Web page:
4. Keep It Slow and Steady
As tempting as it can be when you are dehydrated, you should not chug water. Not only can this give you a stitch but it will also pass through your body quickly so you’ll need to pee more often. The best way of staying hydrated is to drink little but often.
5. Keep Your Water Close
The biggest benefit of travelling with a hydration pack means that you constantly have access to your water supply. When you keep your water close by, you are more likely to remember to drink at regular intervals.
If you are not backpacking with a hydration reservoir, never fear. Simply keep your water bottle somewhere you can reach it easily. Most hiking backpacks come with outside bottle pockets but if not, consider using a carabiner to affix your bottle to the outside of your pack.
6. Carry Your Own Water
When you are hiking as a couple, it can be very easy to let one person carry the water. However, there is always a chance that you could get separated from each other and fall into difficulty. In that instance, you will be in big trouble if your other half is carrying your entire water supply. Instead, make sure you are both carrying some drinking water.
7. Wear Breathable Clothes
As we’ve already established, sweating is a hiking superpower. Sweating helps us to regulate our body temperature and prevents us from experiencing heat exhaustion. By wearing breathable clothes, you better allow the body to cool itself, meaning that you can hike further, for longer.
If you’re hiking through the rainforest, check out this post about choosing good jungle clothes.
8. Work Out How Long You’re Hiking for
If a litre of fluid for every two hours of hiking is a good goal to aim for, you’ll need to know how long you’ll be on the trail to estimate how much water you’ll need. If your map or guidebook doesn’t give you an estimated hike duration, you can usually work this out yourself.
Simply take the hike distance and divide it by how many kilometres or miles you walk in an hour (an average pace over a long distance will be around two to three miles per hour for most people). This should give you a rough estimate of how long the walk will take. Once you have this estimate, you’ll need to take into account the type of terrain and whether this makes you faster or slower.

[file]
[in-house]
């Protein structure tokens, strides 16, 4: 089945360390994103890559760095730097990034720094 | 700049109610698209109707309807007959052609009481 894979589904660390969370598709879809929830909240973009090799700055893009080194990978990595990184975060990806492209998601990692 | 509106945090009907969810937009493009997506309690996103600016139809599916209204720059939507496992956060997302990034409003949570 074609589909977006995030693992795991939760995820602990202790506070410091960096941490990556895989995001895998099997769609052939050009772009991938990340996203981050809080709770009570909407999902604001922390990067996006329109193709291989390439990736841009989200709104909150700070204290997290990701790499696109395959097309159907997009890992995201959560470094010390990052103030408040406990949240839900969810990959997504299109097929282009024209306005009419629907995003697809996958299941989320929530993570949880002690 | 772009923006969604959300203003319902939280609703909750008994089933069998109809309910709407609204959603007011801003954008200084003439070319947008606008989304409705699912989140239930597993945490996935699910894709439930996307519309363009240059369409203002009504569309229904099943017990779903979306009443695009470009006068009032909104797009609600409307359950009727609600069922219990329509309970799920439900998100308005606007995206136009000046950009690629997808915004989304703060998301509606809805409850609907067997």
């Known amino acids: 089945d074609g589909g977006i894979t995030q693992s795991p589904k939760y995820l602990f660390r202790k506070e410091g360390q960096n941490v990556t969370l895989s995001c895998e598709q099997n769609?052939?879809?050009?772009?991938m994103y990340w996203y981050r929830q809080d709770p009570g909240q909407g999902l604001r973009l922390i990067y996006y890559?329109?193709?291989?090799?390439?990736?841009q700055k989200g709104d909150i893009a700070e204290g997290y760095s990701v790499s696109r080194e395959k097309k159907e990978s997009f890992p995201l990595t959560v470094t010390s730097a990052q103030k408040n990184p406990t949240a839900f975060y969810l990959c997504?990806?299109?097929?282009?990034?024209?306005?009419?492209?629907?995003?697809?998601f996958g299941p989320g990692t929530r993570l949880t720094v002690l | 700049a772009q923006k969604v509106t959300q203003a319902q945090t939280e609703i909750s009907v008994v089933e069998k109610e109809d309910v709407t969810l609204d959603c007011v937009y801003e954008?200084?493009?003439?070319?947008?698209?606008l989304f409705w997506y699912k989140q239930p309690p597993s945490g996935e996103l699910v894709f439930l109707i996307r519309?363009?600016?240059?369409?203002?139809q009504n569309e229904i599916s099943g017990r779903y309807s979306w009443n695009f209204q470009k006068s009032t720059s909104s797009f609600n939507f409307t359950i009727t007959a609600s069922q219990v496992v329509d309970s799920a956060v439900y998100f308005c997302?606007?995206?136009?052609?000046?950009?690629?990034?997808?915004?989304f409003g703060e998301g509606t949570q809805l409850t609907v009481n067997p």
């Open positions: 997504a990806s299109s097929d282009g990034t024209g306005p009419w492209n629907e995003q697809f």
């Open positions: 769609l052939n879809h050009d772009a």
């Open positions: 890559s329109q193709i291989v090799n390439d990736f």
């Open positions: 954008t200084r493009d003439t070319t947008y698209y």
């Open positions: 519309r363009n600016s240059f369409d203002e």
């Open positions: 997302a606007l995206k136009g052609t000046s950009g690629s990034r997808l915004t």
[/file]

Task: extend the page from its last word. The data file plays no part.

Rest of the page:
9. Drink the Right Fluids
If you are setting off on your hiking adventure first thing in the morning, it can be tempting to bring a coffee for the first part of the journey. However, this is probably the worst thing that you can take on the trail.
Coffee is a mild diuretic which means that it removes water from the body, making you more dehydrated. Undoubtedly, the best thing for hikers to drink is water. However, juice and sports drinks with added electrolytes are all good options as well.
10. Drink Before You Feel Thirsty
This applies not only to hiking life but life in general. Don’t wait until you feel thirsty to drink. Thirst is a symptom of dehydration and at this point, it is already too late. You are far more likely to chug liquids when you’re already dehydrated, making you uncomfortable and desperate for the loo!
11. If in Doubt, Take More
If you’re not sure how much water you need, you should always err on the side of caution. Carrying too much water might be annoying, especially when you already have a heavy backpack, however, the effects of not carrying enough can be serious in remote environments.
If the worst possible thing happens on the trail, you’ll always be grateful that you were carrying more water than you strictly needed.
Dehydration: Symptoms and Treatment
Luckily for hikers, dehydration is easy to spot. If you are dehydrated, you may notice some or all of the following symptoms:
- Dry mouth
- Smelly, dark-coloured urine
If you are dehydrated, there are a few things that you can do. The first is to stop hiking. If you are in a hot environment, seek respite in a shaded area and allow yourself the time that you need to rest.
While it may be tempting to guzzle down all the water that you are carrying, this may actually be counterproductive. You need to replenish both your fluids and electrolytes so sports drinks are a great choice if you are already dehydrated. If you aren’t carrying a sports drink, pair a salty snack such as pretzels with a drink of water.
Another good tip is to soak your sun hat or t-shirt in water and then put it on. The coolness of the water will help to lower your body temperature, easing the heat effects of dehydration. You should only resume hiking once you are feeling better and the symptoms have subsided.
How Much Water Should You Bring on a Hike? The Verdict!
As a starting point, you should aim to budget around a litre of water across every two hours of hiking. However, it is important to remember that every body is different and you will need to adjust this figure based on your own situation.
If you are somebody who sweats a lot, is doing a particularly strenuous hike or is trekking through a humid environment, you will need more water than the average hiker.
If you can, carry a water filtration system with you and always be careful when deciding how much water to bring on a hike. While carrying too much can be a pain, it is far less risky than carrying less water than you need.